UPDATE 1-Canary Wharf owner boosted by jump in London property values
* NAV up nearly 50 pct to 2.66 bln stg in year through Dec
* Adjusted NAV per share up 38 percent to 290 pence
* Market value of portfolio up 14.9 pct to 6.57 bln stg
* Shares up 16 percent, hit more than four-year high (Adds CEO comments, updates shares)
By Paul Sandle
LONDON, March 28 (Reuters) - The strength of London's property market was thrown into sharp relief on Friday as Songbird Estates Plc, main owner of the Canary Wharf estate in east London, said the estimated value of its buildings and planned developments had jumped by nearly half in the past year.
Songbird shares leaped more than 14 percent to their highest level in more than four years after its full-year results and portfolio valuation beat analyst forecasts.
Parts of central London have experienced sharp rises in property prices in recent months on the back of resurgent economic growth and demand from overseas buyers.
Songbird Chief Executive David Pritchard dismissed prospects of an unsustainable "bubble" in London residential property prices, pointing to population projections for the city indicating it would grow by 1 million people by 2020.
While prices could fluctuate, "that long-term demand suggests that there will be a long-run underpinning of values," Pritchard said.
Yet the risk of overheating in property prices remains a concern to the Bank of England, which on Thursday urged banks to consider the risk of interest rate hikes when they approve mortgages and said it was preparing tools to rein in potentially dangerous lending.
House prices in England and Wales have risen by around 5 percent over the past year and in London they are up around 14 percent, according to Land Registry data, and some commentators argue that parts of London's housing market are already in a bubble.
Songbird, also a part owner of the landmark "Walkie Talkie" skyscraper in the City, London's traditional main financial district, said on Friday its net asset value (NAV) - a key measure for property companies reflecting the value of their buildings and projects - had grown by nearly 50 percent to 2.66 billion pounds ($4.4 billion) in the year through December.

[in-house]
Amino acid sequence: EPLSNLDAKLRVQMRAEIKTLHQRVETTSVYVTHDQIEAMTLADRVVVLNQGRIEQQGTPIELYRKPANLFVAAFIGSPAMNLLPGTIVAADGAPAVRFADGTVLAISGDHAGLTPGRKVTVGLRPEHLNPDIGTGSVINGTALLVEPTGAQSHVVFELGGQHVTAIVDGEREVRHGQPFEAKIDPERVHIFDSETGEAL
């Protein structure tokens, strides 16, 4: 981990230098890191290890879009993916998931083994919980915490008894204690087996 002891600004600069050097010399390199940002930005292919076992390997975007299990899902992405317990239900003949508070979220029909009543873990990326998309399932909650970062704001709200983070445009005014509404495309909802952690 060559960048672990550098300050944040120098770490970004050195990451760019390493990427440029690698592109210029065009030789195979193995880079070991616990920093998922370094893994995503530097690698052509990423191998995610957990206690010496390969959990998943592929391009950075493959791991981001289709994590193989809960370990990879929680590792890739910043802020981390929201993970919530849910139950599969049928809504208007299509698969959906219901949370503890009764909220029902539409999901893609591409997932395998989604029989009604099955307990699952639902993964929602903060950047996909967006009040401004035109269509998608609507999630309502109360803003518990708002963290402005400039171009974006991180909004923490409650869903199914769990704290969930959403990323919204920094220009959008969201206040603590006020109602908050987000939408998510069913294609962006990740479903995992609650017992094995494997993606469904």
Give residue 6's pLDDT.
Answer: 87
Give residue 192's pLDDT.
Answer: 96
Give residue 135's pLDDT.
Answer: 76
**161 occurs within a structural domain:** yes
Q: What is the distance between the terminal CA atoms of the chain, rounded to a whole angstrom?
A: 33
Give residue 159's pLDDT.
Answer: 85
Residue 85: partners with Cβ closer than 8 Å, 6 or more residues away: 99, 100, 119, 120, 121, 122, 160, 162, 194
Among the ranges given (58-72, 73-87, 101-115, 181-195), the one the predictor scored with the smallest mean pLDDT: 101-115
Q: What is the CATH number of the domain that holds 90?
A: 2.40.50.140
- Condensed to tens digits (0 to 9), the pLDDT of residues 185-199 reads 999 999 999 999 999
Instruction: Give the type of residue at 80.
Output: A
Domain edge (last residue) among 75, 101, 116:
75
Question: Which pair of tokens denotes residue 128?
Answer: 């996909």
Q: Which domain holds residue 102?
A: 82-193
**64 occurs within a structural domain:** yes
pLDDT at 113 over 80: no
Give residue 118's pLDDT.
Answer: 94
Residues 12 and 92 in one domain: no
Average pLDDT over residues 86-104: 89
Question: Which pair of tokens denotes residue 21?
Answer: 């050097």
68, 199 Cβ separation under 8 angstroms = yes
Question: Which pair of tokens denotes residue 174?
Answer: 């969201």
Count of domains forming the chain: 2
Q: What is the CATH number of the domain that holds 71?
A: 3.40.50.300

The company said in a statement it was confident about the immediate prospects for the London real estate market.
"The development pipeline (of new buildings) is well positioned to take advantage of increasing demand and the prospect of a shortfall in supply of both prime commercial and residential space," it said on Friday.
The developer and property owner is best known for its commercial properties, but has been broadening the appeal of its Canary Wharf site beyond major banks and financial firms, with space dedicated to tech start-ups and plans for residential development.
Songbird is also developing a 20-acre site called Wood Wharf adjacent to Canary Wharf, whose cluster of skyscrapers built around London's former docks started springing up in the 1980s.
The new development consist of smaller office blocks, apartments and shops and the group said was planning to devote more of the site to residential than it initially planned.
A new planning application, which is under consideration, included 2.5 million square feet of residential space out of a total 4.9 million, Pritchard said.
The CEO said a number of factors had come together to produce the increase in net asset value, including more office space let, with occupancy rates rising to 97 percent, the highest since the financial crisis, and more demand for retail space, where yields had compressed as property values rose and footfall - or the number of store visitors - had grown.
"But what's also in these results is the future," Pritchard said. "We put in planning applications last year for 9 million square feet. The market is recognising that long-term strategic move, both in terms of the space and the broadening out of the nature of the business - it's not just banks any more, it's moving towards residential."
Shares in Songbird, which counts Qatar Investment Authority and China Investment Corp as major shareholders, rose to a more than four-year high of 235 pence and were trading up 16 percent at 224.5 pence by 1429 GMT.
Analysts at JPMorgan Cazenove said the group had delivered "outstanding full-year results", with NAV per share coming in 26 percent ahead of their expectation of 230p. Underlying pretax profit of 22.4 million pounds was also ahead of expectations, they said.
Songbird said its adjusted NAV per share increased 38 percent to 290p. The market value of its total portfolio rose 14.9 percent to 6.57 billion pounds, it said. ($1 = 0.6019 British Pounds) (Editing by David Holmes)
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